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Apr 2, 2011 05:42 PM

Tin Lung Heen [Hong Kong]

Tin Lung Heen sits on the 103rd floor of the ICC in Hong Kong and is one of the new Ritz Carlton’s restaurants. The hotel is stunning, although still so new that our two taxi drivers didn’t know how to find it, the entrance is from a podium deck on the 9th floor of the ICC and this is where taxis drop off (up a ramp from the ICC office reception area). Even the view from this area is superb, and there is a coffee and pattiserie area in the pre-reception area. You are ticked off a list in order to access the lift area, guests and booked diners only. The lift takes you up to floor 104 which is the hotels main reception, then an escalator down to a restaurant area, there is a lounge bar that offers drinks, light meals and afternoon tea, this faces directly towards HK island and the view is amazing, there are bench tables along the window for the best views. To the left sits the Italian restaurant (Tosca) and to the right Tin Lung Heen with a view over Stonecutters Island and its bridge.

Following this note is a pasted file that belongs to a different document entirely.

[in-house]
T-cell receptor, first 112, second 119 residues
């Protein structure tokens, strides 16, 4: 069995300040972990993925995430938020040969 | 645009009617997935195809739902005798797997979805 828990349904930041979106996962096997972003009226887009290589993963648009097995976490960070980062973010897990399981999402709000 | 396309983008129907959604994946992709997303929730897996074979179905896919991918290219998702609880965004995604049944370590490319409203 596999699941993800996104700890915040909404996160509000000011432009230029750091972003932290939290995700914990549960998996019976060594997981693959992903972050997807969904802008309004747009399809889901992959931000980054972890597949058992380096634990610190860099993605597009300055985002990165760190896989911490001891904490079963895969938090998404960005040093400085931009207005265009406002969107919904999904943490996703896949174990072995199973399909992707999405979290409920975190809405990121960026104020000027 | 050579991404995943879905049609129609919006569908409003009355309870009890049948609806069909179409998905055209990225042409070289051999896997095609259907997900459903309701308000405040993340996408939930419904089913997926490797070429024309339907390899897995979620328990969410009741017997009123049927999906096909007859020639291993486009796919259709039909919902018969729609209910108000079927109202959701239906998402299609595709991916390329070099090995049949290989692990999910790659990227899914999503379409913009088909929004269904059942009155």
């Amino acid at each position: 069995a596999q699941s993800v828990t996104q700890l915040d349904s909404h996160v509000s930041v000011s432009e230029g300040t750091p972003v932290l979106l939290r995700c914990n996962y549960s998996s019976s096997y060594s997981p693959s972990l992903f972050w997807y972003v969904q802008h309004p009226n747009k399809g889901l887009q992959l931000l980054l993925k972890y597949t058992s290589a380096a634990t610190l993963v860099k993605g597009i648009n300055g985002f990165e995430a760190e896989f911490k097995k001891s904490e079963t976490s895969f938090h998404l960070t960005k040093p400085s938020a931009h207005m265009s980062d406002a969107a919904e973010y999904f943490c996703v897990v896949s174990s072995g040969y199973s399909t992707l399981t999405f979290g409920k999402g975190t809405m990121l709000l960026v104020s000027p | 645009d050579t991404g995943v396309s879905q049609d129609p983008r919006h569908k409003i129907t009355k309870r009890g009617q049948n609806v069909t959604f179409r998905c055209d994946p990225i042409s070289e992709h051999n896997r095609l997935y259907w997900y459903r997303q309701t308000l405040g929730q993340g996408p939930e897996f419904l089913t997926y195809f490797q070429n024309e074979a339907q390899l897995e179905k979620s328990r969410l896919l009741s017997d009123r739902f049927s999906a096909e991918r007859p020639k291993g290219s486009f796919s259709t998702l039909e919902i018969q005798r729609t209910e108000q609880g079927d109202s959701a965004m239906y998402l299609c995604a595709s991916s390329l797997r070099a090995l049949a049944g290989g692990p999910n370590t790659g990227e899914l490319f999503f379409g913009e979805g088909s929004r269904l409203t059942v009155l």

The hotel only opened days ago and it still feels a bit stiff and formal as it settles into its rhythum, I think we were greeted by over 20 people as we walked through reception to the table and I needed a beer to get over good morning fatigue. It is a good looking restaurant with lots of luxury touches, glass is a feature with lots of hanging and features, the kitchen is along the back wall in the centre of the restaurant with windows so you can see the action.

Two menus are presented, we head for the short but interesting dim sum option, there are nine of us and so split over two tables as the largest in the restaurant seats six (private rooms seat larger parties – but I prefer the action of the main room). I order eleven different dishes and the maitre’d is happy to serve each as nine pieces rather than having to work out how many pieces make up each dish (he tells me that on the menu dishes vary between 2, 3, 4 and 5 pieces). They are:

Vegetable dumplings with morel mushroom – very delicate and light texture and interesting flavours.

Chicken and mushroom dumplings with chili in Sichuan style – nicely refined with very delicate skins.

Dried bean curd sheet rolled with fish maw, sliced chicken, Japanese pumpkin and bamboo piths – a wonderful combination of taste and texture.